Movement: Contemporary Art
Education: The Doon School, Dehra Dun, India; Hornsey College of Art, London; Chelsea School of Art, London
“We live in a fractured world. I've always seen it as my role as an artist to attempt to make wholeness.”
“Sculpture occupies the same space as your body.”
“I think I understand something about space. I think the job of a sculptor is spatial as much as it is to do with form.”
“Red, of course, is the color of the interior of our bodies. In a way it's inside out, red.”
“There's something imminent in the work, but the circle is only completed by the viewer.”
“All ideas grow out of other ideas.”
“I am Indian, and I'm proud of it. Indian life is mythologically rich and powerful.”
"ArcelorMittal Orbit," 2011
Sir Anish Kapoor is a sculptor and visual artist of Indian origin best known for his free-standing sculptures and installations. Kapoor was granted the knighthood by the British government in 2013 for his contributions to the field of visual arts.
Anish Kapoor was born in the city of Bombay in 1954. His father was Hindu while his mother was of Jewish descent. Kapoor finished his schooling from the reputed Doon School in Dehradun, India and then left for Israel in 1971 to study engineering. However he encountered difficulty with mathematics and left the course after ten months. It was during this time that Kapoor made up his mind to become an artist. In 1973, Kapoor left for the U.K. to join the Hornsey College of Art. He later also attended the Chelsea School of Art in London.
Kapoor came to the fore in the 1980s when his sculptures made from modest materials such as granite, marble and limestone began to be appreciated. He worked with simple curved and geometric forms, usually in monochrome or with the use of bright colors. Kapoor’s first high-profile show was at the New Sculpture group exhibition at the Hayward Gallery in London in 1978. In 1982, Kapoor was chosen as an artist in residence by the Walker Art Gallery in Liverpool.
Over the 1980s and the 1990s, Kapoor was commended for the interplay of matter and void in his artworks. During this time, he produced free-standing sculptures and larger-than-life installations. In 1987, he started working with stone. Kapoor’s sculptures are said to constantly converse with dualities, variously expressed as encompassing the un-conscious and conscious, invisible and visible, female and male, and the body and mind.
In the mid-1990s, Kapoor started working with highly reflective surfaces such as stainless steel. This allowed him to encapsulate the viewer within an alternate reality. His ambitious works have actively endeavoured to transform the space that they sit within. Kapoor also added wax to his repertoire, evoking the feeling of flesh, blood and the body.
In 2009, Kapoor became the first living artist to exhibit at the Royal Academy of Arts in London. That year, he also became the first guest artistic director of the annual Brighton Festival, England's largest festival dedicated to the arts.
Kapoor has completed various commissions that adorn public spaces in various countries. Among the more famous is the ‘Sky Mirror,’ a large circular concave mirror made of stainless steel facing and reflecting the sky. It was first installed in 2001 outside the Nottingham playhouse, and has since been installed at various locations across the globe, such as the Kensington Gardens in London, the Rockefeller Centre in New York, and the football stadium in Dallas in the United States.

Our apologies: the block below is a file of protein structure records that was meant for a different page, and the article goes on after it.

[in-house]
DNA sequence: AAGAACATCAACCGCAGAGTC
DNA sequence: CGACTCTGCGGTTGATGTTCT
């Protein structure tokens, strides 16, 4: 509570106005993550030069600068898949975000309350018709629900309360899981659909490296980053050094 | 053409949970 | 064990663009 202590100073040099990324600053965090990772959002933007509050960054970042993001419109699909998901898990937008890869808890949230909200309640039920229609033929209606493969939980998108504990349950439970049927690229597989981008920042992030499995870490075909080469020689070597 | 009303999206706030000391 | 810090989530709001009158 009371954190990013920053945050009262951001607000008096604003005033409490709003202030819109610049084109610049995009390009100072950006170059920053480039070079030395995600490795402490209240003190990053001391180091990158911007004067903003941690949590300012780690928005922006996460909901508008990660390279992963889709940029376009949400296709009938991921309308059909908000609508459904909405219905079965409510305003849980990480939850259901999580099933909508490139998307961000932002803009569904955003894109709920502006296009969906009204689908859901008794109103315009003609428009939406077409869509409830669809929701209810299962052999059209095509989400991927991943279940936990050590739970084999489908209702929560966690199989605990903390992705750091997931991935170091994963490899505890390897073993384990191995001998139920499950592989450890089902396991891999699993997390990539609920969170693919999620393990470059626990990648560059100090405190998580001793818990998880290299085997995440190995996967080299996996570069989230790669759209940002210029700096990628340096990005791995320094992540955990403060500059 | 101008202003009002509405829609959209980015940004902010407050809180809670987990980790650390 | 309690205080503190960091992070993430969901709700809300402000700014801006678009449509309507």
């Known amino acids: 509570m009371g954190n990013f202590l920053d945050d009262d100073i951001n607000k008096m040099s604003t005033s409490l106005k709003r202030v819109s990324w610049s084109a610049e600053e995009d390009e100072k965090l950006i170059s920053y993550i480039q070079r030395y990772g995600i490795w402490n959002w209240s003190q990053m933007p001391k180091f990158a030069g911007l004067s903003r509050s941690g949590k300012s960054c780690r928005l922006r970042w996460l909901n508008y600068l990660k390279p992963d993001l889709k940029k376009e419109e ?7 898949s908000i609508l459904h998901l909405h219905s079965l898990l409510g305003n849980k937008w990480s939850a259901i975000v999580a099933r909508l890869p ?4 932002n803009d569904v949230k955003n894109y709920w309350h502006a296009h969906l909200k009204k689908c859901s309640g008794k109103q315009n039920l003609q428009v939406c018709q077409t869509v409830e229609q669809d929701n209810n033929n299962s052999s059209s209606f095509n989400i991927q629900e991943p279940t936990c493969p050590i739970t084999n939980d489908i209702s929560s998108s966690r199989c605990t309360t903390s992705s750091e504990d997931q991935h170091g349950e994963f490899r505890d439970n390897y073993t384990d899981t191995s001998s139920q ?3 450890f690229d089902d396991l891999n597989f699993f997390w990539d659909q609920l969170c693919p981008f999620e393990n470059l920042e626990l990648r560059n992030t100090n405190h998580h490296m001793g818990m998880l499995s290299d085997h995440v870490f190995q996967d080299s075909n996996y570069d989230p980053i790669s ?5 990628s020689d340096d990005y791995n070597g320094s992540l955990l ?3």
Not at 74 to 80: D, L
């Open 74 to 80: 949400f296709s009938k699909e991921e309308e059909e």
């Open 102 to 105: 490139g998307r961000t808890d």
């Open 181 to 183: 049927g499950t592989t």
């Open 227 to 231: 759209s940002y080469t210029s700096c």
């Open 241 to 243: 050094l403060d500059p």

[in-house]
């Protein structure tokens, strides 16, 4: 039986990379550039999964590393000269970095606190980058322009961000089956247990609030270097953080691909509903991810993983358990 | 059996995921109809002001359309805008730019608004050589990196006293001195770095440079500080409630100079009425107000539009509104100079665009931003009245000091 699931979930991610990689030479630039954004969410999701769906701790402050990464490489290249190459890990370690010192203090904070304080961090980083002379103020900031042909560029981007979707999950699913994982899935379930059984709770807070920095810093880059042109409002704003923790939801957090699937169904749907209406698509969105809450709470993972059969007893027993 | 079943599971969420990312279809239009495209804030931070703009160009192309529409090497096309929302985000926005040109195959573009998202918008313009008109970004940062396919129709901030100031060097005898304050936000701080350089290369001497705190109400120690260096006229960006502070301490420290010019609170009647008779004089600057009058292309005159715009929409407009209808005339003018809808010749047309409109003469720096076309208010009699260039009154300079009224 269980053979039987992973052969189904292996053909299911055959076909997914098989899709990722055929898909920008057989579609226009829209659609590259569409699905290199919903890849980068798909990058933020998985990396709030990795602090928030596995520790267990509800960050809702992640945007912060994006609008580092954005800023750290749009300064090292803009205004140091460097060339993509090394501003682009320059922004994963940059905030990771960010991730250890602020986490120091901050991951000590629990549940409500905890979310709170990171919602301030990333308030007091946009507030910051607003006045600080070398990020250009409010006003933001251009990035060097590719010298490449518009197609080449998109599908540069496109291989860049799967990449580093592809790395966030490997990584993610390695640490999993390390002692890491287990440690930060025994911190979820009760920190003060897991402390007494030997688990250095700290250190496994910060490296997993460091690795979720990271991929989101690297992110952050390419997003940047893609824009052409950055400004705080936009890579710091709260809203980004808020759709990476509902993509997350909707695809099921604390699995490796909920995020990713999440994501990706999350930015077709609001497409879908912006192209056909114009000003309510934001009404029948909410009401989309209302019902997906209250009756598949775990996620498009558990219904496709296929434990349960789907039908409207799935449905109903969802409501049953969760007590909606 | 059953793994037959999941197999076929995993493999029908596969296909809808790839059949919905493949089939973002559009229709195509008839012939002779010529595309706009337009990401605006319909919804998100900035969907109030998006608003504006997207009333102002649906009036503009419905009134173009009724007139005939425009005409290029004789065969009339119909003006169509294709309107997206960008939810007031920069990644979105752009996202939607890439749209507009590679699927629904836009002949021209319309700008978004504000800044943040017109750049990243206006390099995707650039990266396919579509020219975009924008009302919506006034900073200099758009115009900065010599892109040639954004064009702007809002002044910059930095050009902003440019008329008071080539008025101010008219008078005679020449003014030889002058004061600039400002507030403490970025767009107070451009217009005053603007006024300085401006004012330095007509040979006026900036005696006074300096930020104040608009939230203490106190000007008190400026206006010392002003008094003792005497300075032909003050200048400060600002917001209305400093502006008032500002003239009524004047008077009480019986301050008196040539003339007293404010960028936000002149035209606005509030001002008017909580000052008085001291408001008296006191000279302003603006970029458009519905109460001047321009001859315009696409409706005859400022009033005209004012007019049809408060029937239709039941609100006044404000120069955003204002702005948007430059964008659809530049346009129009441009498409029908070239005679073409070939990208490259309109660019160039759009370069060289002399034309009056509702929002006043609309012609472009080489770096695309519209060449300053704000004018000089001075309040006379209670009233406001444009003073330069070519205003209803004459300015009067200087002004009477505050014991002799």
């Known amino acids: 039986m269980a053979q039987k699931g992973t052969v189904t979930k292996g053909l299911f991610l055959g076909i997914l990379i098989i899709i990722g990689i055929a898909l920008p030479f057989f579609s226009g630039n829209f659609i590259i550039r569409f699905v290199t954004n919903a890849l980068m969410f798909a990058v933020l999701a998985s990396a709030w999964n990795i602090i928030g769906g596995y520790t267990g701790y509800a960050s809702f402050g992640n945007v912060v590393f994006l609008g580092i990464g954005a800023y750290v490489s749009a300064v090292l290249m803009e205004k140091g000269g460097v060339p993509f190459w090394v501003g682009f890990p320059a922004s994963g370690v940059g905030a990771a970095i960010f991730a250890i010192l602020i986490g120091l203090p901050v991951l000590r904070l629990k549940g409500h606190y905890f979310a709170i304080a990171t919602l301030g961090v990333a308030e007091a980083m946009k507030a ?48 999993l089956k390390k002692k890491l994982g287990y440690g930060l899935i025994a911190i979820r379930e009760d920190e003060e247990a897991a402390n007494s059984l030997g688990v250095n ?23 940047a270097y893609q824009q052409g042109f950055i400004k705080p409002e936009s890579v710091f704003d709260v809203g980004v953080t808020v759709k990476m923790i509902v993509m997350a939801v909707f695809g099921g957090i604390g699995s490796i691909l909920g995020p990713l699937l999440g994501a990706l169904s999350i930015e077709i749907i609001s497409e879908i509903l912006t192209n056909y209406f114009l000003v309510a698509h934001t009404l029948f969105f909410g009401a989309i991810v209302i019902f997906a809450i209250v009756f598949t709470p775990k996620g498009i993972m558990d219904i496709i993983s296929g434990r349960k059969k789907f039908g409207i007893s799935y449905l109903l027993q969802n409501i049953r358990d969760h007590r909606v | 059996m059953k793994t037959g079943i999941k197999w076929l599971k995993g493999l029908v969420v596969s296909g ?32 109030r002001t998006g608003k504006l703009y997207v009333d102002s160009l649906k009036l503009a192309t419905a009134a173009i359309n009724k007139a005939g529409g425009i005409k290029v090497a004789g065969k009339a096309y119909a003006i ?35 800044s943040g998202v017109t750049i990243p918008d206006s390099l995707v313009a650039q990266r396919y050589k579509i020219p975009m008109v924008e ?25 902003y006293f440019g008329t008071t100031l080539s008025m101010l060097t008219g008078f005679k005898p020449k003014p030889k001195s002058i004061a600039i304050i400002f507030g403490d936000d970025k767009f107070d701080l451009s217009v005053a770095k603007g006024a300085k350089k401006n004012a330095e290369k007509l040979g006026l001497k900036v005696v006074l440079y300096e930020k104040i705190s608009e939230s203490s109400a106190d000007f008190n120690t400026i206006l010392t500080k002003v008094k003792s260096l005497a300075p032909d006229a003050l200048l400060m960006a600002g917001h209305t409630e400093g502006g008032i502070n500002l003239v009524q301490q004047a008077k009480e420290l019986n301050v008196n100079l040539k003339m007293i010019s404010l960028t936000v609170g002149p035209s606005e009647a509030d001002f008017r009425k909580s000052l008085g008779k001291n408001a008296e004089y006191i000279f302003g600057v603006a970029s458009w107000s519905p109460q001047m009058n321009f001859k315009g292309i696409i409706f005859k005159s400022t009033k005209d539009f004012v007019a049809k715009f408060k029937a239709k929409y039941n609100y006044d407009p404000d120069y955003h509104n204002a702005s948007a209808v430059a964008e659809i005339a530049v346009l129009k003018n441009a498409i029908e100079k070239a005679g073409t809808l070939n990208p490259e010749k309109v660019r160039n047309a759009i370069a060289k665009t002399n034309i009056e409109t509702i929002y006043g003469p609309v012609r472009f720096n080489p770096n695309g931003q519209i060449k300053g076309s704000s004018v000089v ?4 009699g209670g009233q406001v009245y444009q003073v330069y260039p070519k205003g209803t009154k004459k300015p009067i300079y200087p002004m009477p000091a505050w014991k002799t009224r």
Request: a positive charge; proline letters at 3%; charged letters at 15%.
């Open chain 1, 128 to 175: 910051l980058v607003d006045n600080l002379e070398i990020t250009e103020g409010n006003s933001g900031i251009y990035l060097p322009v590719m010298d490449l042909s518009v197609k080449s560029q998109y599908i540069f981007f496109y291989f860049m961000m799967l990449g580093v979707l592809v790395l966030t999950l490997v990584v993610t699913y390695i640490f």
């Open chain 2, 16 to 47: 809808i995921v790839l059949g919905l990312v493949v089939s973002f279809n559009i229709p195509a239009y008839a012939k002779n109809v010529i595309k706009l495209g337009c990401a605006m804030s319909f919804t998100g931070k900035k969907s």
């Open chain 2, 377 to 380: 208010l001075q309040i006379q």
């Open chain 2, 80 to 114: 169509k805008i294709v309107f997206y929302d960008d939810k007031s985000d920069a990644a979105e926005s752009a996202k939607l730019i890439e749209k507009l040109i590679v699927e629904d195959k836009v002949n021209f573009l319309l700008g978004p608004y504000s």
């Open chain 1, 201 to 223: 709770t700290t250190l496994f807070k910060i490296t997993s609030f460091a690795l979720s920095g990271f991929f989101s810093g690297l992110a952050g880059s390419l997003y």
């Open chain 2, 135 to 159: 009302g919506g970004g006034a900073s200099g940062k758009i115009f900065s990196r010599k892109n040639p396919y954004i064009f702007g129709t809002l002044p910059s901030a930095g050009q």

In 2010, a polished steel structure, titled “Turning the World Upside Down
,” that resembled an hourglass or a two-headed drum, was installed at the Israel Museum
in Jerusalem. In 2012, Kapoor's 376-foot tall sculpture, called “Orbit
”, was installed at the Olympic Park
in Stratford, London. It is the tallest sculpture in the U.K. and represented British art during the London Olympics
Kapoor has exhibited extensively across the globe. He received widespread appreciation when he represented Britain in 1990 at the Venice Biennale
, winning the Premio 2000. He won the Turner Prize in 1991, and showed at the Documenta IX
in 1992. In recent years, Kapoor has held various solo exhibitions at prestigious galleries such as the Tate Modern
and the National Gallery of Modern Art
in New Delhi. He is not formally associated with a gallery and preferring to work independently. Kapoor currently lives and works in London.
1973 - 77 - Hornsey College of Art, London
1977 - 78 - Chelsea School of Art, London
1990 - Premio Duemila, Venice Biennale
1991 - Turner Prize
1999 - Elected Royal Academician
2003 - Commander of the Order of the British Empire (CBE)
2011 - Praemium Imperiale
2011 - French Ordre des Arts et des Lettres
2012 - Padma Bhushan, India's third highest civilian honour.
2013 - Knighthood
1985 - Anish Kapoor, Kunsthalle, Basel
1990 - Anish Kapoor, XLIV Biennale di Venezia, British Pavilion, Venice
1996-1997 - Anish Kapoor, Kunst-Station Sankt Peter, Cologne
2002-2003 - Marsyas, The Unilever Series: Anish Kapoor, Turbine Hall, Tate Modern, London
2002-2003 - Anish Kapoor: Shooting into the Corner, MAK, Vienna
2002-2003 - Anish Kapoor, Royal Academy, London
2009 - Anish Kapoor, Museo Guggenheim de Arte Moderno y Contemporáneo, Bilbao
2010 - Anish Kapoor, Delhi Mumbai, National Gallery of Modern Art, New Delhi and Mehboob Studios, Mumbai
2010 - Anish Kapoor: Turning the World Upside Down; Kensington Gardens, The Royal Parks and the Serpentine Gallery, London
2011 - Leviathan, Monumenta 2011, Grand Palais, Paris
2013 - Kapoor in Berlin, Martin–Gropius–Bau, Berlin
2015 - Anish Kapoor Versailles, Château de Versailles
Museum of Modern Art, New York
Tate Modern, London
Israel Museum, Jerusalem